Interrogated by a customs officer, a young man recounts how his life was changed during the making of a film about the Armenian genocide.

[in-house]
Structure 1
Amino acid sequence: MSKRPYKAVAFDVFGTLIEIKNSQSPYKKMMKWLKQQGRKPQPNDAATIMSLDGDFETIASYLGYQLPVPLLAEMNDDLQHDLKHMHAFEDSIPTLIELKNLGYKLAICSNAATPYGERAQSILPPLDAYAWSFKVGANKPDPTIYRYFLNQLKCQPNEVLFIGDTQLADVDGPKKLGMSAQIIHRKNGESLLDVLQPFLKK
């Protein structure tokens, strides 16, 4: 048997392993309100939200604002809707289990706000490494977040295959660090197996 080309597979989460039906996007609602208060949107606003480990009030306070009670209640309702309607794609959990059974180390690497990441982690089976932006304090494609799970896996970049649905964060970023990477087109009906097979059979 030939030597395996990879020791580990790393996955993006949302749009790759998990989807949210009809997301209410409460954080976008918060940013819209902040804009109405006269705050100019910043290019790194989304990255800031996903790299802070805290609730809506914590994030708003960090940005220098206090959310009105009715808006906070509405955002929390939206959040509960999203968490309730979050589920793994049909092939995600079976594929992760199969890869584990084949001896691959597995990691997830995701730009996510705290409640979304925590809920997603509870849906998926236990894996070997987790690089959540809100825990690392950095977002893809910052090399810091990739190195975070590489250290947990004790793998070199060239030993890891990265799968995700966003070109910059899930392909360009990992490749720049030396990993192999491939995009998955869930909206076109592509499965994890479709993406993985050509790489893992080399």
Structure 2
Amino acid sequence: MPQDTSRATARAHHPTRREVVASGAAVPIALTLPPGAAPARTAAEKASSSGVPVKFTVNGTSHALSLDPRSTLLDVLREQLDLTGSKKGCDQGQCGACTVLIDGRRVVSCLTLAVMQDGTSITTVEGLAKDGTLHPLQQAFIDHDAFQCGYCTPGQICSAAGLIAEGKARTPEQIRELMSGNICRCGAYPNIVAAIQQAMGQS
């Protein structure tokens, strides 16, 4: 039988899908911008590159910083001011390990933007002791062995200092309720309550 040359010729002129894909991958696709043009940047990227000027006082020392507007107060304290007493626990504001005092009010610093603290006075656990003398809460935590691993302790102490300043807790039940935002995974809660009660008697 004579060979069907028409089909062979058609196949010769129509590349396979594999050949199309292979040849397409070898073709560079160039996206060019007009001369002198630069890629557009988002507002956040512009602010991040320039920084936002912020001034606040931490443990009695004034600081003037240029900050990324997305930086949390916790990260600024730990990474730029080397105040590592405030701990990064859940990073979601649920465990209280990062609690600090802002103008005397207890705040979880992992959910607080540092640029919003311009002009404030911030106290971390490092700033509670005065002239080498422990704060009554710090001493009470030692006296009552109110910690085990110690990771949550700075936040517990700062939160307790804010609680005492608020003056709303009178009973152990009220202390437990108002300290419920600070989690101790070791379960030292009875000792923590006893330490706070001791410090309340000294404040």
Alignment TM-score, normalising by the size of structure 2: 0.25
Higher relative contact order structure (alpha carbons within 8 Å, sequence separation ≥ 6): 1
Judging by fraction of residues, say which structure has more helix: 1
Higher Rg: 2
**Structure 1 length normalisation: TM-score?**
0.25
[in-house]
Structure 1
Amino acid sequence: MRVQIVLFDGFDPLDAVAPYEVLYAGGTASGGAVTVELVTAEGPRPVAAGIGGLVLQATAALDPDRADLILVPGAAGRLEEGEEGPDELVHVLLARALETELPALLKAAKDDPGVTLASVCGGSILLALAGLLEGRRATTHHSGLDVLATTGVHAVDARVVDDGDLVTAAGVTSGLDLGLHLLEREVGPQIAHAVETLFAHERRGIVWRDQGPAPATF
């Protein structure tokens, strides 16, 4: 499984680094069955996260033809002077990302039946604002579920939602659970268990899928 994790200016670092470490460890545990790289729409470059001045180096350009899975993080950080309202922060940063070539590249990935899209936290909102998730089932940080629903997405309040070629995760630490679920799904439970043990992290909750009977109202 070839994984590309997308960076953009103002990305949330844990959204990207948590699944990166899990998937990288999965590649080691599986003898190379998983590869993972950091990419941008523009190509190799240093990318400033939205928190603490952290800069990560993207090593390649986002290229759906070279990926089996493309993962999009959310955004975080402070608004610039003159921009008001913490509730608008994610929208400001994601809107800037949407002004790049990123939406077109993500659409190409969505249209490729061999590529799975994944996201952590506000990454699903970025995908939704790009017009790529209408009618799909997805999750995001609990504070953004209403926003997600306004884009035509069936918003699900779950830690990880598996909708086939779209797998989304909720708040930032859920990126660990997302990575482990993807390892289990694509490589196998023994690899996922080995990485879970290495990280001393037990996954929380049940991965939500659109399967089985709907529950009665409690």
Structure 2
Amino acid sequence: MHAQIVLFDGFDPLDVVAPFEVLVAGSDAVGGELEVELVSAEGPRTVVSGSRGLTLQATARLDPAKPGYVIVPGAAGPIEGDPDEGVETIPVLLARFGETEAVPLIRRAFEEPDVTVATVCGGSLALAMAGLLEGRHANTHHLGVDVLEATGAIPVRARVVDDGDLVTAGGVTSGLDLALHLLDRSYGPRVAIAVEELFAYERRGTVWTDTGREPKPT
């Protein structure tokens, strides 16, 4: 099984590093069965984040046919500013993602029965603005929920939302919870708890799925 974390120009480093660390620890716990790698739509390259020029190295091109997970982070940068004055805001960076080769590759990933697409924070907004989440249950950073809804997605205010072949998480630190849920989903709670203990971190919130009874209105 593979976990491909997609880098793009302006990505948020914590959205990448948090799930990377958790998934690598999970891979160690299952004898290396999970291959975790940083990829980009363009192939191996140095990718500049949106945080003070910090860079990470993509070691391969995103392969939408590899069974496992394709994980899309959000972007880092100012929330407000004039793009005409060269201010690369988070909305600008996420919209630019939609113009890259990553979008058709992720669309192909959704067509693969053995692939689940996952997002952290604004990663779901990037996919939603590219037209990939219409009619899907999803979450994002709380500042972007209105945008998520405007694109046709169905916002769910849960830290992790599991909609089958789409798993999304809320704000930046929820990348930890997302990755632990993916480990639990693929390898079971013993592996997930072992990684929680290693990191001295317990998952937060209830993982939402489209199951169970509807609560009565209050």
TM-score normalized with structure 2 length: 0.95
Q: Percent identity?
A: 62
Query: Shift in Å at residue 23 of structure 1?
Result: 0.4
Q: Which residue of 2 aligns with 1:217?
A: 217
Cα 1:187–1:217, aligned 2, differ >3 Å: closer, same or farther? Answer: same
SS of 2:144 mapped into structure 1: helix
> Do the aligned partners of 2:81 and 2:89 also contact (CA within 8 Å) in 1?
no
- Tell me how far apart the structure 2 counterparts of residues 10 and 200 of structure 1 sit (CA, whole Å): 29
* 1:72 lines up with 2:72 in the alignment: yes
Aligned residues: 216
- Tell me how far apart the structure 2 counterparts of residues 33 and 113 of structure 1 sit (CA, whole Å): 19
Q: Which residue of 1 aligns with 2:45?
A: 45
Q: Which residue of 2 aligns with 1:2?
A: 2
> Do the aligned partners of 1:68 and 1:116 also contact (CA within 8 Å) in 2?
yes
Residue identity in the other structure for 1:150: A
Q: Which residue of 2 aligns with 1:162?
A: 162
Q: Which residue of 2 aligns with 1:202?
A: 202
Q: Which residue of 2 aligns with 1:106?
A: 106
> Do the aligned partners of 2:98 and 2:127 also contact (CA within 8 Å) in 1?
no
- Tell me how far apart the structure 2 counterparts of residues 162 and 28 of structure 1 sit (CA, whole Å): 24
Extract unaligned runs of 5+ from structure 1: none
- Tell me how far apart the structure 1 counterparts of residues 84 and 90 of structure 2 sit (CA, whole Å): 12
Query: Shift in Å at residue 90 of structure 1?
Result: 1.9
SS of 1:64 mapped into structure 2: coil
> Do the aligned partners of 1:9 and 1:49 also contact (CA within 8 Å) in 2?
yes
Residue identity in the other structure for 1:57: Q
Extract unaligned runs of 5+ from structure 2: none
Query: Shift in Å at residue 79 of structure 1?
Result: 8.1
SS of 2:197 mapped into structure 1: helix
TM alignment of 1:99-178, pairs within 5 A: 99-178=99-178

People tell stories. In Toronto, an art historian lectures on Arshile Gorky (1904?-1948), an Armenian painter who lived through the genocide in Turkey in 1915. A director invites the historian to help him include Gorky's story in a film about the genocide and Turkish assault on the town of Van. The historian's family is under stress: her son is in love with his step-sister, who blames the historian for the death of her father. The daughter wants to revisit her father's death and change that story. An aging customs agent tells his son about his long interview with the historian's son, who has returned from Turkey with canisters of film. Parents and children. All the stories connect.